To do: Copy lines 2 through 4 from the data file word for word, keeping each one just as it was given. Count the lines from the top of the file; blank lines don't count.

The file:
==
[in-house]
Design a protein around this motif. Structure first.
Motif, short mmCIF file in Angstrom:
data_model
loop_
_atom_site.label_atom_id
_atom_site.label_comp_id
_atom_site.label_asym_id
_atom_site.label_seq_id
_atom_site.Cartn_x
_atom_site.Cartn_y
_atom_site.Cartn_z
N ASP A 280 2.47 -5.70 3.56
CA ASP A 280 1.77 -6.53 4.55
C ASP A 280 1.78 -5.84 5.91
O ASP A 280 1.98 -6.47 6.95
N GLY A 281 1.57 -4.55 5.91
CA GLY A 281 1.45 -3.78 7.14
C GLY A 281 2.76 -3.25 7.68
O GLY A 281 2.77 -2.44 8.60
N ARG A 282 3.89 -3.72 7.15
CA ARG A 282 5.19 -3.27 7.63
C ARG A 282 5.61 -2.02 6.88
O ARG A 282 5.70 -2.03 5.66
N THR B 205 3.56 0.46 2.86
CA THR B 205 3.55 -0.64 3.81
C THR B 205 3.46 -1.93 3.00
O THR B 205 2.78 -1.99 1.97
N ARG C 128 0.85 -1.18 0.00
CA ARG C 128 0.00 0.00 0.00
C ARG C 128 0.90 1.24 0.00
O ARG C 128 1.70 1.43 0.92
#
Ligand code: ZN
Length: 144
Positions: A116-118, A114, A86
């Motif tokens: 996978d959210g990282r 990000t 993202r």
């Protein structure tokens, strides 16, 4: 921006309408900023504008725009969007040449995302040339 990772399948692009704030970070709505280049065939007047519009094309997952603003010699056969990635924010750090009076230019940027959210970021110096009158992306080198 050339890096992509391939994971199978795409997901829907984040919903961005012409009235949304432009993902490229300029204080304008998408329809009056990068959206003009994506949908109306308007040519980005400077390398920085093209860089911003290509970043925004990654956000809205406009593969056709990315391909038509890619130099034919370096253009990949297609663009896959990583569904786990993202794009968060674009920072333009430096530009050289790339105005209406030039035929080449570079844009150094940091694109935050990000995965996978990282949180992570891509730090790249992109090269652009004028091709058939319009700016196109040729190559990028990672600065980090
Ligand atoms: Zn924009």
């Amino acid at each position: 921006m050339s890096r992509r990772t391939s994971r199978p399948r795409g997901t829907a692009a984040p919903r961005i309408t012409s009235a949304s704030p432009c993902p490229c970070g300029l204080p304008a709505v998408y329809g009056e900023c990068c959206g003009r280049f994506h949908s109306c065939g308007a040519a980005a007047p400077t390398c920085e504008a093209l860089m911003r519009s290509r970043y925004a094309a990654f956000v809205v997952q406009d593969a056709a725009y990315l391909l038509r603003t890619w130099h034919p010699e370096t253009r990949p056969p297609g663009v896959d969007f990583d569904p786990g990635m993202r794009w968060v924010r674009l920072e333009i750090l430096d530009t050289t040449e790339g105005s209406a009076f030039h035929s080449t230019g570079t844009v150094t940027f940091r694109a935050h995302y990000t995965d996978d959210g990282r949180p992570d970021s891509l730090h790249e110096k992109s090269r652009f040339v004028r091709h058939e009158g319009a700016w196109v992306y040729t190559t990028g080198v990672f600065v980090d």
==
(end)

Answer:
Design a protein around this motif. Structure first.
Motif, short mmCIF file in Angstrom:
data_model